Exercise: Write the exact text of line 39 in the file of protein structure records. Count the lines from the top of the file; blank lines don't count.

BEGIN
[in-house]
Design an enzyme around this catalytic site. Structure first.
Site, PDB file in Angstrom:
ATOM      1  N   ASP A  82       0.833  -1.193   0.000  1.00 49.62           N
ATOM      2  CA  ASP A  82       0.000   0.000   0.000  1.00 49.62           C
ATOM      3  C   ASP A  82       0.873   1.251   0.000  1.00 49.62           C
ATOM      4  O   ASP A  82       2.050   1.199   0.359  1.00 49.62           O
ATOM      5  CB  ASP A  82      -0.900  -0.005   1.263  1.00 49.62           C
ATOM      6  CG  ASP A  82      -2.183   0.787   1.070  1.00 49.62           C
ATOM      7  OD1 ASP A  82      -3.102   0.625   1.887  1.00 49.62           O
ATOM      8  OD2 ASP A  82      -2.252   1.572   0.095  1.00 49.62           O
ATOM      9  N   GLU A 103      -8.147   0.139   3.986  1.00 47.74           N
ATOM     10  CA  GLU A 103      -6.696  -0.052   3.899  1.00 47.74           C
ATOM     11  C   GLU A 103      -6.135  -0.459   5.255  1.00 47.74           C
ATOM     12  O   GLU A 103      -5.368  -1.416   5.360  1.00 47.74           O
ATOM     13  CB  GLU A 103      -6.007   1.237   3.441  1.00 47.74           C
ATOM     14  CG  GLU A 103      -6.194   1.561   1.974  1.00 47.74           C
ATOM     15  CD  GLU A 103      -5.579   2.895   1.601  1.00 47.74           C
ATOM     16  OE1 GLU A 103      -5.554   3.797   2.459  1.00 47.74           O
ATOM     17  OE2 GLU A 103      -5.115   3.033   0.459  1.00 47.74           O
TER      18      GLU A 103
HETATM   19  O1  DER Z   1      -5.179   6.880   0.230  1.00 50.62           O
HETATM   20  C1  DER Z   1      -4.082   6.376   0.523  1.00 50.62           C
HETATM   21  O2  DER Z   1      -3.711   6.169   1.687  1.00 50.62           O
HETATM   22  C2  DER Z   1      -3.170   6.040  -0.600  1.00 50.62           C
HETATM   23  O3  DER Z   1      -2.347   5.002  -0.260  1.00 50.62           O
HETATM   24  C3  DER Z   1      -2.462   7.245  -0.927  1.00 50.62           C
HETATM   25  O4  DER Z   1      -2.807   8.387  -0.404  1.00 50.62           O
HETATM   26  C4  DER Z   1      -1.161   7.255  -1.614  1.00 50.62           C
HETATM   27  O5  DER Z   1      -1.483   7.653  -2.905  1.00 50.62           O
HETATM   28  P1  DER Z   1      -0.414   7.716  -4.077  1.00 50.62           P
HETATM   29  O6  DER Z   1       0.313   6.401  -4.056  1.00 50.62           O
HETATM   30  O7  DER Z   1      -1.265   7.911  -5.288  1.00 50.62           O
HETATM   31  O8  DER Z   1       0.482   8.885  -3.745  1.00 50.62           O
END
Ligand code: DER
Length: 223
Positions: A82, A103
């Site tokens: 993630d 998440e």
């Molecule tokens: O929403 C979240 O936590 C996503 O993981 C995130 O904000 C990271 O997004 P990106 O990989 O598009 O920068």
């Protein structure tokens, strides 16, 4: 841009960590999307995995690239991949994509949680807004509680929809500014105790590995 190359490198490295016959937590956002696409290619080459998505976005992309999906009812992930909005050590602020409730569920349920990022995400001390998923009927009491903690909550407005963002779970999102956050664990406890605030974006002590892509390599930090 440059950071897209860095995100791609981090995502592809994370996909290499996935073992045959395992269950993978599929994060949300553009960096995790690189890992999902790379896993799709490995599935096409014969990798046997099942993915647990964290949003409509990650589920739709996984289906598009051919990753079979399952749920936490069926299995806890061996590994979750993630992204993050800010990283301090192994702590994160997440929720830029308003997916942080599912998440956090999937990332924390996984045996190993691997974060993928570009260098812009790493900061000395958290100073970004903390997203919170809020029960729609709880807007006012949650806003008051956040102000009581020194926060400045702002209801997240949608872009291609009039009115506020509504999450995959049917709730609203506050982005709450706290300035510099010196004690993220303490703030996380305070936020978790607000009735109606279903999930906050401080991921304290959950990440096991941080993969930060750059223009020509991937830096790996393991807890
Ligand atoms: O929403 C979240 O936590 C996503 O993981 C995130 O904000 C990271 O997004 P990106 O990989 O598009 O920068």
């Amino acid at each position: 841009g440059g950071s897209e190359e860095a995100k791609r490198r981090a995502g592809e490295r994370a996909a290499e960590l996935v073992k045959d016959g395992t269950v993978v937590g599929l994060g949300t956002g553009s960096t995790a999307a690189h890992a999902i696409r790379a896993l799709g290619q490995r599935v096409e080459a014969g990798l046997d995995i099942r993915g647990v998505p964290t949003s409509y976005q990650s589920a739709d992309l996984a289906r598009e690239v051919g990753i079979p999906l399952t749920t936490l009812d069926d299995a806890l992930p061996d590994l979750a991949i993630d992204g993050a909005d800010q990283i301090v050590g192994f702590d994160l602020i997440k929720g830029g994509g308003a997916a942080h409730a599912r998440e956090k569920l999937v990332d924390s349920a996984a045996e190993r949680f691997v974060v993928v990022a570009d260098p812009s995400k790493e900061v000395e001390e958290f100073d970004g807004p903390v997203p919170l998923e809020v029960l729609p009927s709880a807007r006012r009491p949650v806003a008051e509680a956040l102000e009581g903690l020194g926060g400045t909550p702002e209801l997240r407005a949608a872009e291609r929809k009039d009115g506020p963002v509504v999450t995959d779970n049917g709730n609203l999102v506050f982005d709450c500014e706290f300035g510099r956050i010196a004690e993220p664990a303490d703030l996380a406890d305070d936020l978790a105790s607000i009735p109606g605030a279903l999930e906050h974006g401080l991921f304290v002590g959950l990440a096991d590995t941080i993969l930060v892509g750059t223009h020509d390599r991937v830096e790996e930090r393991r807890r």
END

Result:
């Site tokens: 993630d 998440e």